Leg Press Muscles Worked: The 4 Major Muscles Groups Used


Although any two people can have vastly different strength training routines, the leg press is one of the most universal exercises that most people have tried at least once.

A leg press machine helps you execute an exercise that resembles a squat in terms of the movement pattern and muscles worked, though there are differences between squats and leg presses.

Knowing the muscles worked by the leg press will help you plan your workouts to reach your fitness goals and determine possible muscle imbalances and functional deficits.

If you’ve spied the leg press machine at the gym but never given it a whirl yourself, or perhaps you have but are still not sure which muscles the leg press actually works, keep reading to learn which the leg press muscles worked.

We will cover: 

  • What Is the Leg Press?
  • Leg Press Muscles Worked: What Muscles Does The Leg Press Work?

Let’s get started! 

A person on a leg press machine.

What Is the Leg Press?

The leg press is a lower-body strength training exercise performed on a leg press machine.

The leg press exercise is performed in a seated position, but there are actually two primary types of leg press machines, which are differentiated by the direction that you’re pushing the weight with your legs.

Horizontal Leg Press

The horizontal seated leg press machine has you sitting fairly upright with your feet against a platform that’s directly in front of your body. 

As you push your feet against the platform to press the weight with your legs, you extend your legs so that they straighten out parallel to the floor. 

In other words, the horizontal leg press machine has you pressing the weight horizontally. 

This leg press machine setup is particularly ideal for people who have trouble getting up and down from a low position, so it tends to be more accessible for beginners, the elderly, and people who carry excess body fat.

A person on a leg press machine.

Incline Leg Press

When you use an inclined leg press machine, you are in a reclined seated position, with your legs against a platform that’s at a 45-degree angle upward relative to your body.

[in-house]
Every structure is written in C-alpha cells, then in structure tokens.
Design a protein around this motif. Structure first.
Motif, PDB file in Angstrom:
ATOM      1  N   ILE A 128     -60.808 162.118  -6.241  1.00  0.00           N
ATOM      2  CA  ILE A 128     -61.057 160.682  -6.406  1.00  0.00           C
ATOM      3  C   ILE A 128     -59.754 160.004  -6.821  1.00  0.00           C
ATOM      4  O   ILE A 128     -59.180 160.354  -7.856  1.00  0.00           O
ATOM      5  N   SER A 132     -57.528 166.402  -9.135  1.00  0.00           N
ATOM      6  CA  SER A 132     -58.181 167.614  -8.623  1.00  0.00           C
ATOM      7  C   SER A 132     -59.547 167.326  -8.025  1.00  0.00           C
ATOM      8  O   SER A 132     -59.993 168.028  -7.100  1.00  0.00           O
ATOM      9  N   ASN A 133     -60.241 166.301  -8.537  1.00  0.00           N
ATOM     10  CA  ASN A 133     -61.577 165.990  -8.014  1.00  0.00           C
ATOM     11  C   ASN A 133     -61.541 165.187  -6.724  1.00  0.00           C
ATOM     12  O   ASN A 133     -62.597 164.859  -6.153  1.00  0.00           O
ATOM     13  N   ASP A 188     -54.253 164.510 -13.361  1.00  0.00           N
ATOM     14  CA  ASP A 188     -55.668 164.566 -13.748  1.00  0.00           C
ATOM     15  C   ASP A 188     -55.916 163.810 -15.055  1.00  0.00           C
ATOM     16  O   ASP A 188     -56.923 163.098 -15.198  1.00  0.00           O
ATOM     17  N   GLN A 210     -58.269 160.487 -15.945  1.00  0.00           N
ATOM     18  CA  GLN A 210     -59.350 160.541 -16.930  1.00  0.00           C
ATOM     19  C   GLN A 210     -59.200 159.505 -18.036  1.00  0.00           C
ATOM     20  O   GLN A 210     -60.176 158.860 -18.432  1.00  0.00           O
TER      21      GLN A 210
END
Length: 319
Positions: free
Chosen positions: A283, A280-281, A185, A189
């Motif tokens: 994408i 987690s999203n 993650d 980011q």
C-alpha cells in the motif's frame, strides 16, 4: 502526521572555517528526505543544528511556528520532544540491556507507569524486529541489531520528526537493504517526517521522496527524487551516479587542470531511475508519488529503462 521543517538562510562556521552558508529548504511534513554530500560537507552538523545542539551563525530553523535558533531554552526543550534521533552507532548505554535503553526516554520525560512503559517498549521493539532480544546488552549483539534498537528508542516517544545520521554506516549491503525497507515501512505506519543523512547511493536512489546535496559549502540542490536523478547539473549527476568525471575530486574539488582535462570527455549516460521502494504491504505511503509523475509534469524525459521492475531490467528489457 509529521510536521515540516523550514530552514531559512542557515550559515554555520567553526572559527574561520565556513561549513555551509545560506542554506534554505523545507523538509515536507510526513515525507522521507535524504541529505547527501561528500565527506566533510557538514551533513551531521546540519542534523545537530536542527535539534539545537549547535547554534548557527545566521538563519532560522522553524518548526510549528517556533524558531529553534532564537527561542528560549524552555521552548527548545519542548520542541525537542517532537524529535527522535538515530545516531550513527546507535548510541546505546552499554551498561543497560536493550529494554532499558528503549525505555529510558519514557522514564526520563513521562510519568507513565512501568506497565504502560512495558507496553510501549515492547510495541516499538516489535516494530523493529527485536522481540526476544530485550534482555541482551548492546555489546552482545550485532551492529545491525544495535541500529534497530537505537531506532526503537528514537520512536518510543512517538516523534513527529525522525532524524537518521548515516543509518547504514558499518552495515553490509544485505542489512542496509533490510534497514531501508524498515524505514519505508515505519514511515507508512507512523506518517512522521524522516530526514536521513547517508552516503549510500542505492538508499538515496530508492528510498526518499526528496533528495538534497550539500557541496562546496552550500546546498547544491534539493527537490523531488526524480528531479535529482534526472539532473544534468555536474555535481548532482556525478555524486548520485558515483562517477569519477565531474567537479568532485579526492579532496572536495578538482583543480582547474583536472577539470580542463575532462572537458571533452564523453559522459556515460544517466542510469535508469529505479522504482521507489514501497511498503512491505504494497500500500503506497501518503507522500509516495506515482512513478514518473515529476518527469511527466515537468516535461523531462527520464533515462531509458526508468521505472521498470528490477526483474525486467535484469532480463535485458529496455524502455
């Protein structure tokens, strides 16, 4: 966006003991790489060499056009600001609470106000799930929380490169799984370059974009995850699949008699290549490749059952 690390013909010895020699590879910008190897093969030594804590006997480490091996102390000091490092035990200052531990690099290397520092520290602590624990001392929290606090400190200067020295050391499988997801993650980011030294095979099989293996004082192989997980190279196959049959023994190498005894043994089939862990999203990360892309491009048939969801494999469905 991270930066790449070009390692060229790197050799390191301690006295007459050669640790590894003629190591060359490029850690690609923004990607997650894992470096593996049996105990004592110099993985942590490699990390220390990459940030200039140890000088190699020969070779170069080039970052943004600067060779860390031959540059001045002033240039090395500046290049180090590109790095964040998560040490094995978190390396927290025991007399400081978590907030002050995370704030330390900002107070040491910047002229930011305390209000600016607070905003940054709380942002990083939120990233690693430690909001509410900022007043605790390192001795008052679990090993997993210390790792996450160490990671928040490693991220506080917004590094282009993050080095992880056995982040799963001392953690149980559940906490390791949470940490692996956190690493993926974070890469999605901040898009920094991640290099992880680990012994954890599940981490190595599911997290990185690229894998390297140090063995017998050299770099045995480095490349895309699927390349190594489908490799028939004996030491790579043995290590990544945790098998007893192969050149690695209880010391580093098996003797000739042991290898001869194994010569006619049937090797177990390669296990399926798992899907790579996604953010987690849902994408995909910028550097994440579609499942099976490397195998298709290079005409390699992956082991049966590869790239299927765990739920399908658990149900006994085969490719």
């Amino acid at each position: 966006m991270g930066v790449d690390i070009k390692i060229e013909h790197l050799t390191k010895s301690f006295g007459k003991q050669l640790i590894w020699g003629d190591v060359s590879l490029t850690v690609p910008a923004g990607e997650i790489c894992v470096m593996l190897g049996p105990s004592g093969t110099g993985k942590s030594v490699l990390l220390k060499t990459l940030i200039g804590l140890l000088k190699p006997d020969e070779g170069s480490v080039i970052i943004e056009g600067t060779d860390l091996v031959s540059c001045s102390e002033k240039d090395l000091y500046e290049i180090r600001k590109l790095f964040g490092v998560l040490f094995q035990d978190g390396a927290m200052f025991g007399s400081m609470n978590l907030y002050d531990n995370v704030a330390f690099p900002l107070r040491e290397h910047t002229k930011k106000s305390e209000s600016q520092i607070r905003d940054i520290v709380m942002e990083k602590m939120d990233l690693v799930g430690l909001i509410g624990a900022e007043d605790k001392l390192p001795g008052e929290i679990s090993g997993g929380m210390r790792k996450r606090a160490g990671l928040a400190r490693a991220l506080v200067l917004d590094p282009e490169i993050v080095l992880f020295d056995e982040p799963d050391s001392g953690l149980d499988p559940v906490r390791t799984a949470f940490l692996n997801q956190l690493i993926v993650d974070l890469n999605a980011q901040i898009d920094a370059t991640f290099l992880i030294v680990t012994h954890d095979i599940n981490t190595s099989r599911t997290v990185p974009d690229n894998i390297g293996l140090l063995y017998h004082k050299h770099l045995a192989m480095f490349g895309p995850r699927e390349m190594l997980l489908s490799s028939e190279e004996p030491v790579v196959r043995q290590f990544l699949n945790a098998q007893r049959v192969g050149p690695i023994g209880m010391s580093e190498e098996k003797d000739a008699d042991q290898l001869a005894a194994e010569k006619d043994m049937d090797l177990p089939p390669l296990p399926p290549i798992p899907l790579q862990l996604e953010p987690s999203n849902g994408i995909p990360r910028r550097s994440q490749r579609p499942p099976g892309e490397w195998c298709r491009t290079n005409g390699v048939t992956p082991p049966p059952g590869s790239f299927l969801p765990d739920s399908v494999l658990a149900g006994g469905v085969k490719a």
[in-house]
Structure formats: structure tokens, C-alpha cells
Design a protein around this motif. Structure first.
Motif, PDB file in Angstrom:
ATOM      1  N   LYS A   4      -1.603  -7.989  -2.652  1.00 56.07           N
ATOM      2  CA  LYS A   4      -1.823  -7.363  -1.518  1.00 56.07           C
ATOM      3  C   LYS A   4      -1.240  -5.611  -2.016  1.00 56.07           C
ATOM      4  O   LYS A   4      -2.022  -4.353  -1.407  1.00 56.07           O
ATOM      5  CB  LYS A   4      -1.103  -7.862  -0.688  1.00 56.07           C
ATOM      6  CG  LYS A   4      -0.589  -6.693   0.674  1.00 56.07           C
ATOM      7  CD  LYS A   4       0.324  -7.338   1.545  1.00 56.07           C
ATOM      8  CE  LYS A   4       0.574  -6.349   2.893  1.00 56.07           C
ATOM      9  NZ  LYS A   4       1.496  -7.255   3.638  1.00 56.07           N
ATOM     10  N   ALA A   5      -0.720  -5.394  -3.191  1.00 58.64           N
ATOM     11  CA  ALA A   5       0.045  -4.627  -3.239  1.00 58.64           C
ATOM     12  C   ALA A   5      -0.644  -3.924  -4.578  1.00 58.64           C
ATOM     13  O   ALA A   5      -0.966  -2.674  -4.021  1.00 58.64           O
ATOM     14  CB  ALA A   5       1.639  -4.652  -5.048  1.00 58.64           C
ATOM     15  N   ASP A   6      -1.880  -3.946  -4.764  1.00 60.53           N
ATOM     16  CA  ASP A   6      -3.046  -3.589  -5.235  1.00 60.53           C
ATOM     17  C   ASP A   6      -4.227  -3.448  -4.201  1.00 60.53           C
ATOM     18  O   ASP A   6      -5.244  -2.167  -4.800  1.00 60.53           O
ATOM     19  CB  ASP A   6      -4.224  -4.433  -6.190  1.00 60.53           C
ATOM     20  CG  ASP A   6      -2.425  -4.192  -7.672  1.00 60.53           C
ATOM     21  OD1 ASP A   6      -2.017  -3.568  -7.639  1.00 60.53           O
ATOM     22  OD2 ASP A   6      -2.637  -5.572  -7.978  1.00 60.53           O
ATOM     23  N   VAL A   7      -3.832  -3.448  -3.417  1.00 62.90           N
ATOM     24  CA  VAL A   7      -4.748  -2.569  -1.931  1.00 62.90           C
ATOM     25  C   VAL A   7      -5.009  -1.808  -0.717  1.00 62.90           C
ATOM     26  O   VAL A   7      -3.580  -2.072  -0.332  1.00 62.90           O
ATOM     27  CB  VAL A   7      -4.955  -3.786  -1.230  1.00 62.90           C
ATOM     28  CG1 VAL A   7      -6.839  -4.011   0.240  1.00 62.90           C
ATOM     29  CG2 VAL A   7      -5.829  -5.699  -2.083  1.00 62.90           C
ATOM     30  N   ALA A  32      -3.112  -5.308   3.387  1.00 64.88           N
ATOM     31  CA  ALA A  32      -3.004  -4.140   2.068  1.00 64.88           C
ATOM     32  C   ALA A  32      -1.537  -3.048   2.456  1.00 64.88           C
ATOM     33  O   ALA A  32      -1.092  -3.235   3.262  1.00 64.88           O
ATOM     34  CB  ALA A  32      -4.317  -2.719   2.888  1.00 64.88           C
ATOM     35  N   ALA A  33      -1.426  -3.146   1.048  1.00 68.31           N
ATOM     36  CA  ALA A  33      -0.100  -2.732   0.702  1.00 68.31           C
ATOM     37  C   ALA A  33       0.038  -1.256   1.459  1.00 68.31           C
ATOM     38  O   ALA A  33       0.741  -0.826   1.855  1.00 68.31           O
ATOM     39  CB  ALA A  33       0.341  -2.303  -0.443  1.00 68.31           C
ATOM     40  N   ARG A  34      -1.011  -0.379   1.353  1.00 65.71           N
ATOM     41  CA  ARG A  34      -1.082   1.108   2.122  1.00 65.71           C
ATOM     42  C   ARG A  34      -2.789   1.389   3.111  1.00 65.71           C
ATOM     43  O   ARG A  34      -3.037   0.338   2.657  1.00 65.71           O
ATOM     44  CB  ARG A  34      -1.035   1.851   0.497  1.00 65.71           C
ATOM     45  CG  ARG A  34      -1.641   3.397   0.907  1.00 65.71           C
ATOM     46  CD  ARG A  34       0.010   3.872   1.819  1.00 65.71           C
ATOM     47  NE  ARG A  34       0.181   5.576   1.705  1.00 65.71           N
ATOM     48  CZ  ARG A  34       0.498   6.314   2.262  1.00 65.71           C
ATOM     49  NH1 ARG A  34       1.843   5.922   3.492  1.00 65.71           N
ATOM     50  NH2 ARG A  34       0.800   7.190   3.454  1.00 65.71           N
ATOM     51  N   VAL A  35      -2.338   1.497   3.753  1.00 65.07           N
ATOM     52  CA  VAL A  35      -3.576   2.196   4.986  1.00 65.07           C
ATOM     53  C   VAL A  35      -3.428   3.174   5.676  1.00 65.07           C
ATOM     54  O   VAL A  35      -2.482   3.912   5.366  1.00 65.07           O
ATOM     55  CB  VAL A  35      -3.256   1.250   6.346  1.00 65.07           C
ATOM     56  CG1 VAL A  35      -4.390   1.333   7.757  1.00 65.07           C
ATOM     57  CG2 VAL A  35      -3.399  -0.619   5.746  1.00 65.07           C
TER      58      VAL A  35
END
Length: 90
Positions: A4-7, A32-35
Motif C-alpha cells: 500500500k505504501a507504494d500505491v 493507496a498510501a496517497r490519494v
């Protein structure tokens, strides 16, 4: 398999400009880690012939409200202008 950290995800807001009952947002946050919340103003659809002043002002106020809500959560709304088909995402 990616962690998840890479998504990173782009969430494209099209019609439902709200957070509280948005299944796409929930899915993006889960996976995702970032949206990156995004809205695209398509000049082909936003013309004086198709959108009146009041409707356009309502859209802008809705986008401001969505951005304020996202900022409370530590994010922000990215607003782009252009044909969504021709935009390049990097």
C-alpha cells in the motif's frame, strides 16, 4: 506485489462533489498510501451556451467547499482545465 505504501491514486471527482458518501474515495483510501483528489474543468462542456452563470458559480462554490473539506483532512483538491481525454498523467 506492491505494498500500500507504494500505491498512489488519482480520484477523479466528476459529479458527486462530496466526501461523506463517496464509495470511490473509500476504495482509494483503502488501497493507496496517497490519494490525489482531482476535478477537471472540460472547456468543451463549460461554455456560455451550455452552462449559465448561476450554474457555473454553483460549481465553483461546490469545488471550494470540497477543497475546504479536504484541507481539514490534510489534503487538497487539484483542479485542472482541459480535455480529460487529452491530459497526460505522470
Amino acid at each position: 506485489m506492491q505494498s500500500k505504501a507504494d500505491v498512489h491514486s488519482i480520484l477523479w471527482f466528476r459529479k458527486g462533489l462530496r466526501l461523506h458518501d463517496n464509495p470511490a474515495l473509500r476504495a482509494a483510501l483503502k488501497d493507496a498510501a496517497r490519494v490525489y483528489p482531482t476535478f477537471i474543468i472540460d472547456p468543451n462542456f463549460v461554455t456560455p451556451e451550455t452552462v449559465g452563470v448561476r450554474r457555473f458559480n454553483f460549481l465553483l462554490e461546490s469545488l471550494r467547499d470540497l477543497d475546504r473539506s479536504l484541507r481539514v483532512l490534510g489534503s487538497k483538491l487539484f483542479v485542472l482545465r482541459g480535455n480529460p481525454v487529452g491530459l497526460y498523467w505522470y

Although the incline leg press machine looks like it would be much more work for your muscles because it appears that you are pressing the weight against gravity, it’s actually no different from a muscular force standpoint because you’re actually just pressing the weight against a cable (that has a negligible mass) attached to a pulley.

Therefore, the actual muscular demand of an incline leg press is no different than the horizontal leg press machine. However, it can be more difficult to get on and off the incline leg press machine because it sits very low to the ground.

The leg press movement pattern is identical between the two types of leg press exercise machines; only the body position and initial setup are different.

A person on a leg press machine.

Leg Press Muscles Worked: What Muscles Does The Leg Press Work?

Now, on to the important question: what muscles does the leg press exercise work?

The leg press is what is considered a triple-extension exercise, meaning that the leg press movement involves the concurrent extension of all three of the major joints in the lower body: the ankles, knees, and hips.

According to research, this triple extension movement—simultaneous hip extension, knee extension (straightening the legs), and ankle plantarflexion (like pressing the gas pedal in a car) helps improve running performance by increasing the push-off or propulsive power that you have in your running stride.